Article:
10 Things I Learned from Writing 30 Books in 20 Years

I published my first book in October 2001. Since then, I have written a total of 30 books in two languages, including two novels. I am by no means a literary giant. Rather, I would describe myself as a prolific and industrious writer. Here are ten of the most important lessons I’ve learned in the process.

1. Writing is Difficult

Writing is difficult, it requires practice, and there are no short cuts. The only way to get better is to work at it.

2. Writing is Rewriting

Rewriting is the difference between amateurs and professionals. Amateurs write a piece and say it is ready. Professionals only feel like they are making progress on the third rewrite. It is a time-consuming and less creative part of the writing process but rewriting is absolutely necessary.

3. Everything Has Already Been Written

Nothing is new under the sun. Everything has already been written. The only unique thing that you bring to the table as a writer is you. I have sometimes forgotten this lesson and my books have suffered as a result. However, when I have dared to put my thoughts, emotions, and experiences front and center, I have created some of my best work.

4. Preparation is Everything

When I write, I live by the words of Abraham Lincoln who said that if he were given six hours to chop down a tree, he would spend the first four sharpening the ax. I prepare everything — from the book title to chapter titles, subtitles, and bullet points — before I start writing. I want my fingers to be itching for the keyboard before I write a full sentence. My reasoning is simple. The two tasks require different modes of thinking. Preparation requires big picture thinking while writing requires detail orientation. In my case, I don’t want to get sucked into the details before I complete assembling the big picture.

5. Language Is Evolving

Language is not static. It is evolving. It is a fluid social contract that helps us communicate with each other. Yes, we, as writers, must follow the basic rules of grammar to be understood by others, but we should also allow ourselves to be creative, even when writing nonfiction.

6. Clear Thinking Produces Clear Writing

Most of my writing doesn’t happen while pounding away at the keyboard. In fact, most of what I end up writing has already been created during long walks or while taking baths. That is where I do my best thinking. Writing is simply an expression of thought. My time at the keyboard often feels like dictation or catharsis because I have already written everything in my mind.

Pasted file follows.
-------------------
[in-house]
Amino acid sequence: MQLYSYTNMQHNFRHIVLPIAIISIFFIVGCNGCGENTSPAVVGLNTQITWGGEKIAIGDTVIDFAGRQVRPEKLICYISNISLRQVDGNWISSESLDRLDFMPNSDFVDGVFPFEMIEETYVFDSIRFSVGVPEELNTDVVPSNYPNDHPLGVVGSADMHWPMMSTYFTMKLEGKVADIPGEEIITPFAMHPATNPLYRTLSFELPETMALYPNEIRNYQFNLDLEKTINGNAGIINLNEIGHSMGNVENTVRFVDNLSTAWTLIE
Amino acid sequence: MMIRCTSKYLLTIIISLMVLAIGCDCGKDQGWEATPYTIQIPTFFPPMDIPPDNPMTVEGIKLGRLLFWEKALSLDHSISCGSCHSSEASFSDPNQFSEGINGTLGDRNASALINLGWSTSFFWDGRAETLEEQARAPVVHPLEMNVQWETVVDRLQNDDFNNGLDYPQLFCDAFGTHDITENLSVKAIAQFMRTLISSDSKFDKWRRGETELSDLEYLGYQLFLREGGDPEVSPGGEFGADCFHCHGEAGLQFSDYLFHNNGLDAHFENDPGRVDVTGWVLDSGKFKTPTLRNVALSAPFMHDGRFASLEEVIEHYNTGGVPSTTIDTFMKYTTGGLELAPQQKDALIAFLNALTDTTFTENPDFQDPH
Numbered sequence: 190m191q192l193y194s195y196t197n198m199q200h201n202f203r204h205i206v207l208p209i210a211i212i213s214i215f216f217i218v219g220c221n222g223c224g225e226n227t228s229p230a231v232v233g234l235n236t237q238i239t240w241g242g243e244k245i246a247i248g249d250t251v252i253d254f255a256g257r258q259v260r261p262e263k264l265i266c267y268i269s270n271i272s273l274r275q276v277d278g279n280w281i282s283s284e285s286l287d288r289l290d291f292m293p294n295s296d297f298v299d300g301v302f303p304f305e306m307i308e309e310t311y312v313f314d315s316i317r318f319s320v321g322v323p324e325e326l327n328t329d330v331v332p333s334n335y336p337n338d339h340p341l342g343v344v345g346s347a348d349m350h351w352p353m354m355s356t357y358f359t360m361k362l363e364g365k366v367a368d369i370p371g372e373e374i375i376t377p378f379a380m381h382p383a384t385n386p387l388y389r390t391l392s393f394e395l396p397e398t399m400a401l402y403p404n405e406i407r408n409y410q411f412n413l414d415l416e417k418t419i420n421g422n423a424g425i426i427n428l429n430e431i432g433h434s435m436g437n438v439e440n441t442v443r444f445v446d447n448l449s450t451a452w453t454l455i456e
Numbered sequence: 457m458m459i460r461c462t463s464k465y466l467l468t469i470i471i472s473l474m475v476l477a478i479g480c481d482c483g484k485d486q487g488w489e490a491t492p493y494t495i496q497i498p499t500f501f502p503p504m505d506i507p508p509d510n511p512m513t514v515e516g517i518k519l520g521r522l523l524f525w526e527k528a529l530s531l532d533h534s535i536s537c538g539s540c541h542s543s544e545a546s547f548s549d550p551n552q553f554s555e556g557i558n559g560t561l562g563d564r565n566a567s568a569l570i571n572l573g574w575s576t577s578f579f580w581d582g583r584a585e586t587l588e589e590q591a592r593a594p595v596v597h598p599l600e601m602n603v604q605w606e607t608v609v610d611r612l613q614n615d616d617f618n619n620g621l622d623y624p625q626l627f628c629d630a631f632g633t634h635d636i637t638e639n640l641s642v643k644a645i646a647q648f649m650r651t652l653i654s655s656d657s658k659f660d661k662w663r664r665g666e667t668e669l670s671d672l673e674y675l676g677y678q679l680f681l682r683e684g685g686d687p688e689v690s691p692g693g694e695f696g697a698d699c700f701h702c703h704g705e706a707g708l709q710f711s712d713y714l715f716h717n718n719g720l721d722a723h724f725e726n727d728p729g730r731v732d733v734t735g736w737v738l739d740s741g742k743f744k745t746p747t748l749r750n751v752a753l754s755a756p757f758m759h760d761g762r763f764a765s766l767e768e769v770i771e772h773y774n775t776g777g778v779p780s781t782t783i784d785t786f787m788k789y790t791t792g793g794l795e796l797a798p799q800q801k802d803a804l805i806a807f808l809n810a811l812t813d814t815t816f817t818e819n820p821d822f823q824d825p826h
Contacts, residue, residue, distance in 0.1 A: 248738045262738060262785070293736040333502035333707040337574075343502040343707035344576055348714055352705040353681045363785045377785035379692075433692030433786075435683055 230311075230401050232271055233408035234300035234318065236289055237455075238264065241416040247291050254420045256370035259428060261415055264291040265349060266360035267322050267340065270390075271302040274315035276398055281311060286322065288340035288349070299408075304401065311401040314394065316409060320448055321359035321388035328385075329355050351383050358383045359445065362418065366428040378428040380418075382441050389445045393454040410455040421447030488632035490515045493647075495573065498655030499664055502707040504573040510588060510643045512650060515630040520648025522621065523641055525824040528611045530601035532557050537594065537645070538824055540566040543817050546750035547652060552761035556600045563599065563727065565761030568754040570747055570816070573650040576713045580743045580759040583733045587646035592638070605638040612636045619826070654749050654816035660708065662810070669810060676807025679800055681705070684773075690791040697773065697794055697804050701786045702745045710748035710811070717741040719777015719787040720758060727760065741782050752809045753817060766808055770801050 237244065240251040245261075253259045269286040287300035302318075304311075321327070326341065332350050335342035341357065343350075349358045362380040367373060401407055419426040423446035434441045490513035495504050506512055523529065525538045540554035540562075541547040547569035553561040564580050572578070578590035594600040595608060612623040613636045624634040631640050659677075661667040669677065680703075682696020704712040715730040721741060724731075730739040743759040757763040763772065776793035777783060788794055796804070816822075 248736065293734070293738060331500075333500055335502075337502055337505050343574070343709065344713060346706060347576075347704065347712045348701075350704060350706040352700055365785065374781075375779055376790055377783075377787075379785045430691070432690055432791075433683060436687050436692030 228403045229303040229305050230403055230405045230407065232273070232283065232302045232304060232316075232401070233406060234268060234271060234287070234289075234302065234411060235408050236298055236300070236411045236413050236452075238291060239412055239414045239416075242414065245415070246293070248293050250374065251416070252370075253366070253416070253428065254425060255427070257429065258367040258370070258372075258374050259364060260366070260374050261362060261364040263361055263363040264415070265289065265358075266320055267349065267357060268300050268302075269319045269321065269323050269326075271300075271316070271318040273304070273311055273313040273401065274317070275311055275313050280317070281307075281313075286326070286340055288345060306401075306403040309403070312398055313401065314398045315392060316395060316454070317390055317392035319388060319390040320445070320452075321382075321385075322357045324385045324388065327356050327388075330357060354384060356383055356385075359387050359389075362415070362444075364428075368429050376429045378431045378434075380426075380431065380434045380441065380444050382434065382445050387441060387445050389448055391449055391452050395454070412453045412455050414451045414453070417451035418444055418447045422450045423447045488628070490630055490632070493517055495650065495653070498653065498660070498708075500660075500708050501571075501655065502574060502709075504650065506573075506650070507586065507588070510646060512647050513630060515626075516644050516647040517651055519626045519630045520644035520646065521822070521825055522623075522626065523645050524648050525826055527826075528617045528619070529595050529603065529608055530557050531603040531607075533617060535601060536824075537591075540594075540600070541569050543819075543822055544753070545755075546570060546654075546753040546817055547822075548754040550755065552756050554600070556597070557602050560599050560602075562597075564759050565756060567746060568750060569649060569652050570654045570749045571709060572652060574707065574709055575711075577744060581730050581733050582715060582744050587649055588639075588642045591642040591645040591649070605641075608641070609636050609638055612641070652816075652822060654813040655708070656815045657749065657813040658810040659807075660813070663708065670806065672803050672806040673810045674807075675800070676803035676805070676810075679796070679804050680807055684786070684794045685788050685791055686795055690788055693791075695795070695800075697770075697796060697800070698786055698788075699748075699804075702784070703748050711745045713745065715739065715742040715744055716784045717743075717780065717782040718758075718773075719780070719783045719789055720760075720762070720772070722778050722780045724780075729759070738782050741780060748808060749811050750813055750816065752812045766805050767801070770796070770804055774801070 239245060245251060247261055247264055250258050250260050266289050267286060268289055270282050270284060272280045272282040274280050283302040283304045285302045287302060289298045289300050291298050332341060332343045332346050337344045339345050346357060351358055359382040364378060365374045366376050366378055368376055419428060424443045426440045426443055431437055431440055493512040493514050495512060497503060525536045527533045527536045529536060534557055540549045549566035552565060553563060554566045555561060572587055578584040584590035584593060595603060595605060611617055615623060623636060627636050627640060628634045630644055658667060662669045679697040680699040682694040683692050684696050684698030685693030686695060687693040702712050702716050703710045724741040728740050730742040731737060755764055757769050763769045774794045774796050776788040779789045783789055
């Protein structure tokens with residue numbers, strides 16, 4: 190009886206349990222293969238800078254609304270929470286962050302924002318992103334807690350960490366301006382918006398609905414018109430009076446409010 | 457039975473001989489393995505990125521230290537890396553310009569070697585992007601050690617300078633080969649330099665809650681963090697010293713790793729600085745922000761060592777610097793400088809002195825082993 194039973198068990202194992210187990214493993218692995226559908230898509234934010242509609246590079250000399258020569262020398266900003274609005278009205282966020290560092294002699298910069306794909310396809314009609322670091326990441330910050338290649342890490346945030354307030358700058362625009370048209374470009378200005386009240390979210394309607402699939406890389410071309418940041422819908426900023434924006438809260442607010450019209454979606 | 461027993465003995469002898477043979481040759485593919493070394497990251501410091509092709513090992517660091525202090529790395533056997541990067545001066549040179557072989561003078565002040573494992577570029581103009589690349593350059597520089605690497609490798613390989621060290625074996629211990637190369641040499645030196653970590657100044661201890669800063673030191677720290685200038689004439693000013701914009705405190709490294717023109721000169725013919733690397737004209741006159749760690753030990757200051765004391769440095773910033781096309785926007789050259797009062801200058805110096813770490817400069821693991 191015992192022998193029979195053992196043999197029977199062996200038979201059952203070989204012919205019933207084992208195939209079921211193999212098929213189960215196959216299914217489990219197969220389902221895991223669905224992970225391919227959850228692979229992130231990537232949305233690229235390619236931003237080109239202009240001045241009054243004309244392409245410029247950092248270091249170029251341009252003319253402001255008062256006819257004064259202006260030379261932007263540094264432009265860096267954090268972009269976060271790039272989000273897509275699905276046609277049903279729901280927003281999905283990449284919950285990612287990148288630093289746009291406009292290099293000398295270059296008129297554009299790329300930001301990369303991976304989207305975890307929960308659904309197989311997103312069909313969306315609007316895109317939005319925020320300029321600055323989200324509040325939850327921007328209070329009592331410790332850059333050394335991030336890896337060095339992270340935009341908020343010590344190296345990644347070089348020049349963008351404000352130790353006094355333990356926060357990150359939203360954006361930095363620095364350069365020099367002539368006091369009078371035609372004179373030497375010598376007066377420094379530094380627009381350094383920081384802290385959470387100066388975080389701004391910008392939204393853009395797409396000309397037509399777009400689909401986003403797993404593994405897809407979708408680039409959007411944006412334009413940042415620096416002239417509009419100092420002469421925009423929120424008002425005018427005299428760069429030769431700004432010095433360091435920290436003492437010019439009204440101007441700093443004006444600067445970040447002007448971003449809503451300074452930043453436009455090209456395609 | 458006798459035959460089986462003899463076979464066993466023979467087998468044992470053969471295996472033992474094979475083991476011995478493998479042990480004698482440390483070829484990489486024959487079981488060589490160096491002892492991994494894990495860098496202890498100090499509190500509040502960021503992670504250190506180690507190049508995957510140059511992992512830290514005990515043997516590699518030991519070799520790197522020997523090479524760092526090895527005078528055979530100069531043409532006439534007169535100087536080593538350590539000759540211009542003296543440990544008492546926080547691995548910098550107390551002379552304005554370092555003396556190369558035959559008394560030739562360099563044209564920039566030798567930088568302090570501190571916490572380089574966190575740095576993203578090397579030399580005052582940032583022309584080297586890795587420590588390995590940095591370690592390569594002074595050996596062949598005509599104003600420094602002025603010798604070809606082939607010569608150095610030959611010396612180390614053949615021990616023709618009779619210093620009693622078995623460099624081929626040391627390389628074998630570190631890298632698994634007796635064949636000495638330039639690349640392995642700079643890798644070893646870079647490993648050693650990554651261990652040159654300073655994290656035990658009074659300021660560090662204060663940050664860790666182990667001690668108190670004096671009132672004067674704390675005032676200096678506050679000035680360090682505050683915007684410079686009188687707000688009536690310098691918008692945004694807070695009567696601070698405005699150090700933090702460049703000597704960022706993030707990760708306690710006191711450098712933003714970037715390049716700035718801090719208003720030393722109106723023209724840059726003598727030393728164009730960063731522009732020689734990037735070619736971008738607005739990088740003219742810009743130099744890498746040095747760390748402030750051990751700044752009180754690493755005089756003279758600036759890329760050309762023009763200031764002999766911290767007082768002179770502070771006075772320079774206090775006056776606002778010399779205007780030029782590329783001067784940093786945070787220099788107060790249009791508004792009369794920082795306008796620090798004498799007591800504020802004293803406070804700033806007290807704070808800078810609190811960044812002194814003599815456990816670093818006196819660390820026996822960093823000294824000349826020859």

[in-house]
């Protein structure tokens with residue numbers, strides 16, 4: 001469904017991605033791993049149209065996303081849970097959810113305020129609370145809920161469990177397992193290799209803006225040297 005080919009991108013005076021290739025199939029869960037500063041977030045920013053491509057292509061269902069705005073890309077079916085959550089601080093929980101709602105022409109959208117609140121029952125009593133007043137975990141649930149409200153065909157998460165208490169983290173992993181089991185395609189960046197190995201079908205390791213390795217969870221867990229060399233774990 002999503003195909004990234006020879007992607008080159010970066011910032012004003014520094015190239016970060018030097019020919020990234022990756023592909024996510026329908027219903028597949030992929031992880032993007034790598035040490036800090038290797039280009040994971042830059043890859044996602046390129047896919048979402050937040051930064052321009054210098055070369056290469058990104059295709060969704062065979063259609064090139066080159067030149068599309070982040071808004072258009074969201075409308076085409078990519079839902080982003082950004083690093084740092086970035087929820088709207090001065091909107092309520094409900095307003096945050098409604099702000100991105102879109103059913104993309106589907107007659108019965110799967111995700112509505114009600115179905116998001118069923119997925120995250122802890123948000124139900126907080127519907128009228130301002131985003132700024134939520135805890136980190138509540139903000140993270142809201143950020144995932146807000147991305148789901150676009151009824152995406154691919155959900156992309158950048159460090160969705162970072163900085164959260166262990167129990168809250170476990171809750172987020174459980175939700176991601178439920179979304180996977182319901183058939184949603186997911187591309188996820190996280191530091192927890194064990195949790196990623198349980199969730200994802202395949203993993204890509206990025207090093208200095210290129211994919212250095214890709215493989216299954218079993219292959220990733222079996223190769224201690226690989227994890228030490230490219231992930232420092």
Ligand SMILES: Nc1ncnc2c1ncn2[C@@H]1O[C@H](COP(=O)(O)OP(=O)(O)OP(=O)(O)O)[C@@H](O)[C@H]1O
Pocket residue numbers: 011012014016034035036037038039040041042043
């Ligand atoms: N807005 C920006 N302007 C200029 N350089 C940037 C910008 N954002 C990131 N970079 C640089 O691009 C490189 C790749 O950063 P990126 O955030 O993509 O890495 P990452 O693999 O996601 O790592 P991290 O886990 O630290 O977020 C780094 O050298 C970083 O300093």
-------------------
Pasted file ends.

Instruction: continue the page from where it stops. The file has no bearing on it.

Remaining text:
7. Focus On Ideas, Not Words

The first time I deleted a whole chapter from my book, I was devastated. I had spent so much time writing and rewriting that chapter… but it had to go. Ever since then, I have been committed to the big idea, not to any words in particular. When I delete something, it still hurts, but I get over it quickly. It’s not like I am cutting off a part of my anatomy.

8. I Love Writing

I love writing. I would write even if no one read what I have written and I never got paid for it. Unfortunately, that has been true at times — cue the violins — which is why my love for writing has been and continues to be the driving force behind my industriousness. To anyone who wants to be a writer I would say, let your love for it lead the way. If you don’t love it, don’t do it. If you love it, don’t let anyone or anything stop you from it.

9. Marketing is Harder Than Writing

The cold hard truth is that nobody is waiting for your book. Self-publishing is like putting one book on the back shelf of the biggest book store in the world. The chances of someone stumbling upon it are astronomically small. You have to bring your book to people’s attention. Yes, those people, who have become masters at ignoring stuff because of all the stimuli they experience every day. To me, marketing is harder than writing, but, to sell books, it needs to be done.

10. Keep Learning

I am completely self-taught when it comes to writing. My favorite books on the subject are On Writing by Stephen King, On Writing Well by William Zinsser, and The Sense of Style by Steven Pinker. For those who can afford to study writing in college, I say go for it. For those who have access to editors, I say cherish their input. For those who have access to neither, I say find a way. Always be open to learning and improving.

On that topic, please share your writing advice and list your favorite books on the craft in the comment section. That way, this short article will increase in value.

Good writing,

Gudjon Bergmann
Amazon Author Page
Goodreads Profile

Icelandic-American author, bridge-builder, interfaith minister, and amateur musician. Learn more at www.gudjonbergmann.com

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